Featured Research

from universities, journals, and other organizations

Biosolids can boost soil phosphorus levels for years

Date:
January 23, 2013
Source:
United States Department of Agriculture - Research, Education and Economics
Summary:
Treated wastewater solids called biosolids are sometimes used by farmers to boost soil nutrient levels. Now research provides new information about how long those plant nutrients remain after biosolids have been applied to the soil.

Results from laboratory studies by ARS agronomist Eton Codling suggest that long-term plant nutrient levels in soils amended with biosolids can sometimes exceed crop nutrient demands.
Credit: Stephen Ausmus

Treated wastewater solids called biosolids are sometimes used by farmers to boost soil nutrient levels. Now research by a U.S. Department of Agriculture (USDA) scientist provides new information about how long those plant nutrients remain after biosolids have been applied to the soil.

This work was conducted by Agricultural Research Service (ARS) agronomist Eton Codling, and supports the USDA priority of promoting international food security. ARS is USDA's chief intramural scientific research agency.

Biosolids used in agricultural production have been processed to kill pathogens, and their use is strictly regulated to ensure that the materials don't harm the environment, human health or animal health. Farmers who follow pre- and post-application management regulations can obtain permits to apply biosolids to fields where food and feed crops are grown.

Codling measured mineral levels in three different soils that had received a single amendment from a biosolid processed either via high heat, additions of lime, anaerobic digestion, or air drying. The amendments, which were applied at several different rates to the soils, had taken place from 16 to 24 years earlier during previous studies on biosolids. As part of the earlier work, the fields had been cropped after the biosolids had been added, so the biosolid nutrients in the experimental fields had been available for crop uptake for at least 16 years before Codling began his research.

Codling observed that phosphorus levels were generally higher in the biosolid-amended soils than in soils that didn't receive the amendments. This strongly indicated that soluble phosphorus levels in biosolid-amended soils could exceed typical plant requirements for years after biosolids were added.


Story Source:

The above story is based on materials provided by United States Department of Agriculture - Research, Education and Economics. The original article was written by Ann Perry. Note: Materials may be edited for content and length.


Cite This Page:

United States Department of Agriculture - Research, Education and Economics. "Biosolids can boost soil phosphorus levels for years." ScienceDaily. ScienceDaily, 23 January 2013. <www.sciencedaily.com/releases/2013/01/130123115356.htm>.
United States Department of Agriculture - Research, Education and Economics. (2013, January 23). Biosolids can boost soil phosphorus levels for years. ScienceDaily. Retrieved September 1, 2014 from www.sciencedaily.com/releases/2013/01/130123115356.htm
United States Department of Agriculture - Research, Education and Economics. "Biosolids can boost soil phosphorus levels for years." ScienceDaily. www.sciencedaily.com/releases/2013/01/130123115356.htm (accessed September 1, 2014).

Share This




More Plants & Animals News

Monday, September 1, 2014

Featured Research

from universities, journals, and other organizations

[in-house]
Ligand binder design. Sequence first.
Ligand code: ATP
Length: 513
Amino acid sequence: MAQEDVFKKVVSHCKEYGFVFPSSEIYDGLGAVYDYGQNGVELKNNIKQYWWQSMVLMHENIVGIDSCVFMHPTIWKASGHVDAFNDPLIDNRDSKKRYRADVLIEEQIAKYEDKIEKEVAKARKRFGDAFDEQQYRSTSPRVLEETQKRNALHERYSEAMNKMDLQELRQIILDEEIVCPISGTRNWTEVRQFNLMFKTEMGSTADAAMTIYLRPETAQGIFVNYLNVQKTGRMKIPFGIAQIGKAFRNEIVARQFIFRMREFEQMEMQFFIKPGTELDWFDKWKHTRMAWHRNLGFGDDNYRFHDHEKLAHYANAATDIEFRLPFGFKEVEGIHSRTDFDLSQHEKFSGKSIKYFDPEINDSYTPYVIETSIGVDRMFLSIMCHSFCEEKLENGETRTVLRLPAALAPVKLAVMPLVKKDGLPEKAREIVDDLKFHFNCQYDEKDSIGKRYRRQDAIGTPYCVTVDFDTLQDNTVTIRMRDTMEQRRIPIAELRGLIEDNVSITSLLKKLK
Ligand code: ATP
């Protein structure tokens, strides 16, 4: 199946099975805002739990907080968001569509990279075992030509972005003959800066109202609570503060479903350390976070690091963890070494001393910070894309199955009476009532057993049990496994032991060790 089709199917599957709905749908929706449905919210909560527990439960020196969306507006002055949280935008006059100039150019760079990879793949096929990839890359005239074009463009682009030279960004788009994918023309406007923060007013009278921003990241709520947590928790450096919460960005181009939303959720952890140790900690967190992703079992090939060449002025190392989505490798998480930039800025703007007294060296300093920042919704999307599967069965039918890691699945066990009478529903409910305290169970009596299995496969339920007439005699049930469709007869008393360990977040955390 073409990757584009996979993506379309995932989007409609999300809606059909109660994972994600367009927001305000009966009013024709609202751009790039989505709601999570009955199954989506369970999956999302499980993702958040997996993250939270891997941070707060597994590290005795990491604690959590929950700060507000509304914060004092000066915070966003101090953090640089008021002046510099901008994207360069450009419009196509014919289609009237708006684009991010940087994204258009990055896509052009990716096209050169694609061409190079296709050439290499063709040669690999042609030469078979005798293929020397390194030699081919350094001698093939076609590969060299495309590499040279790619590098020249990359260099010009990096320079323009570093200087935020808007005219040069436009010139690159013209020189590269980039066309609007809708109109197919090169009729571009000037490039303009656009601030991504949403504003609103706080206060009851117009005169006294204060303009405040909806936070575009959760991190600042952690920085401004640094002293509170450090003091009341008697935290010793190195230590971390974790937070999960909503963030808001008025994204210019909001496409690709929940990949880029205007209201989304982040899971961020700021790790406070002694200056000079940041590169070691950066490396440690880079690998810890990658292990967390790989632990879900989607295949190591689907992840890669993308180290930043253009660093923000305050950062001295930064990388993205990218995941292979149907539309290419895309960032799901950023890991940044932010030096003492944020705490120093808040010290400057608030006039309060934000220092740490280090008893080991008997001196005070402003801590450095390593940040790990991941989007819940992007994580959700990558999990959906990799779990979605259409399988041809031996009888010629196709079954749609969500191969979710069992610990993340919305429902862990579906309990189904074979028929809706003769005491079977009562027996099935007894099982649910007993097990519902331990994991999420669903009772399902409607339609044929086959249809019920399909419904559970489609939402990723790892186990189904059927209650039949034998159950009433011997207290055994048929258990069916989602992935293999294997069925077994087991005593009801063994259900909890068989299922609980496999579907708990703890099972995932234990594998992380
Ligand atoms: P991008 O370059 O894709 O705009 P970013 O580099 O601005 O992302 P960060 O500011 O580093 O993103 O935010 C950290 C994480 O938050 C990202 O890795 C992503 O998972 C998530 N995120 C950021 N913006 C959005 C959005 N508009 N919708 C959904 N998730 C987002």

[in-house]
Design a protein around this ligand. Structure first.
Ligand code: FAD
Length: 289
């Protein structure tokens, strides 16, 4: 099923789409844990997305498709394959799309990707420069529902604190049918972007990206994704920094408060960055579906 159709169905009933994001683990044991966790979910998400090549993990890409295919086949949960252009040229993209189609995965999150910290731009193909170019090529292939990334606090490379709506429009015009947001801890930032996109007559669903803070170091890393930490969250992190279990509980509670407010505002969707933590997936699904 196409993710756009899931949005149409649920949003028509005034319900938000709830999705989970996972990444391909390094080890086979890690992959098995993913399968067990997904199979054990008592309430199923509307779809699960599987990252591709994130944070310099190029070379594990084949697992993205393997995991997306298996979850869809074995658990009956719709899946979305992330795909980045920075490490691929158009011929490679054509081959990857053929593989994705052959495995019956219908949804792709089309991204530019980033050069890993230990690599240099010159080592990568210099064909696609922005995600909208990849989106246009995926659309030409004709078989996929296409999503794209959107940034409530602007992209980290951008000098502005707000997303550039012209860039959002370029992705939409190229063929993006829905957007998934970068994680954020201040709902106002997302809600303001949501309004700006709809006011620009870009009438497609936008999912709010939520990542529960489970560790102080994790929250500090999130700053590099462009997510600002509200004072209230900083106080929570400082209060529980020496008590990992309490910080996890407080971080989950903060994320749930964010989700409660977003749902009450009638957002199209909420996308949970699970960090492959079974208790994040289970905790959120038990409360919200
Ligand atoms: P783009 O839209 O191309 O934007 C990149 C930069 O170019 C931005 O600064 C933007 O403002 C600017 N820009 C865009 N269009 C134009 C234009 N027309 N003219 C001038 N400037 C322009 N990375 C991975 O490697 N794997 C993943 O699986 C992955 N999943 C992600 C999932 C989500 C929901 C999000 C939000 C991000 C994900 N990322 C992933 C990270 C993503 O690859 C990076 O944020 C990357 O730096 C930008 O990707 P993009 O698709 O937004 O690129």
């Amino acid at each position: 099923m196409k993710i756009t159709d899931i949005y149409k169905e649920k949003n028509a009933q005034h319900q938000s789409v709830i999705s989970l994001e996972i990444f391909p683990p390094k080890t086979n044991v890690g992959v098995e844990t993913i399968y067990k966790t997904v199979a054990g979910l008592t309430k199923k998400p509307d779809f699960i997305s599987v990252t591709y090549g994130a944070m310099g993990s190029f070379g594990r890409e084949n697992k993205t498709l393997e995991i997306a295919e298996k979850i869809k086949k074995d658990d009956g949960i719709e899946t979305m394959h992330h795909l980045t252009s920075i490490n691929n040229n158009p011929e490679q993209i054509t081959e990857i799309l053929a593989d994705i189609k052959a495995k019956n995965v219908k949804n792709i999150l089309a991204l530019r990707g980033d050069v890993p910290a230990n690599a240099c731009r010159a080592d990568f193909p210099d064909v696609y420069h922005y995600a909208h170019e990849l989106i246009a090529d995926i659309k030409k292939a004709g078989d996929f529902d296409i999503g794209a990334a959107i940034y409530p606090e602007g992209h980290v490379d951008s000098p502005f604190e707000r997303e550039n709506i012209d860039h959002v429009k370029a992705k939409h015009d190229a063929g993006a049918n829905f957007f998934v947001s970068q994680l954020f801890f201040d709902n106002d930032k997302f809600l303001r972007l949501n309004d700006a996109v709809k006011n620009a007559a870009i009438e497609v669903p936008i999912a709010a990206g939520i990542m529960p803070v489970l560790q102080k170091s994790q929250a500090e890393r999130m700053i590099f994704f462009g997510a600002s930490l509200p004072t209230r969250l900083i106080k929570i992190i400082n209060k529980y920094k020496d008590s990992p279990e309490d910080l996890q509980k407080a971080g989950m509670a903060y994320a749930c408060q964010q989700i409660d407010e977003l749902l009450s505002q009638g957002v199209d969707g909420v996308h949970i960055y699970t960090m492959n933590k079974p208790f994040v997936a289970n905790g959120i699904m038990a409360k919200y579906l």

Featured Videos

from AP, Reuters, AFP, and other news services

We've Got Mites Living In Our Faces And So Do You

We've Got Mites Living In Our Faces And So Do You

Newsy (Aug. 30, 2014) A new study suggests 100 percent of adult humans (those over 18 years of age) have Demodex mites living in their faces. Video provided by Newsy
Powered by NewsLook.com
Washington Wildlife Center Goes Nuts Over Baby Squirrels

Washington Wildlife Center Goes Nuts Over Baby Squirrels

Reuters - US Online Video (Aug. 30, 2014) An animal rescue in Washington state receives an influx of orphaned squirrels, keeping workers busy as they nurse them back to health. Rough Cut (no reporter narration). Video provided by Reuters
Powered by NewsLook.com
Experimental Ebola Drug ZMapp Cures Lab Monkeys Of Disease

Experimental Ebola Drug ZMapp Cures Lab Monkeys Of Disease

Newsy (Aug. 29, 2014) In a new study, a promising experimental treatment for Ebola managed to cure a group of infected macaque monkeys. Video provided by Newsy
Powered by NewsLook.com
Killer Amoeba Found in Louisiana Water System

Killer Amoeba Found in Louisiana Water System

AP (Aug. 28, 2014) State health officials say testing has confirmed the presence of a killer amoeba in a water system serving three St. John the Baptist Parish towns. (Aug. 28) Video provided by AP
Powered by NewsLook.com

Search ScienceDaily

Number of stories in archives: 140,361

Find with keyword(s):
Enter a keyword or phrase to search ScienceDaily for related topics and research stories.

Save/Print:
Share:

Breaking News:
from the past week

In Other News

... from NewsDaily.com

Science News

Health News

Environment News

Technology News



Save/Print:
Share:

Free Subscriptions


Get the latest science news with ScienceDaily's free email newsletters, updated daily and weekly. Or view hourly updated newsfeeds in your RSS reader:

Get Social & Mobile


Keep up to date with the latest news from ScienceDaily via social networks and mobile apps:

Have Feedback?


Tell us what you think of ScienceDaily -- we welcome both positive and negative comments. Have any problems using the site? Questions?
Mobile: iPhone Android Web
Follow: Facebook Twitter Google+
Subscribe: RSS Feeds Email Newsletters
Latest Headlines Health & Medicine Mind & Brain Space & Time Matter & Energy Computers & Math Plants & Animals Earth & Climate Fossils & Ruins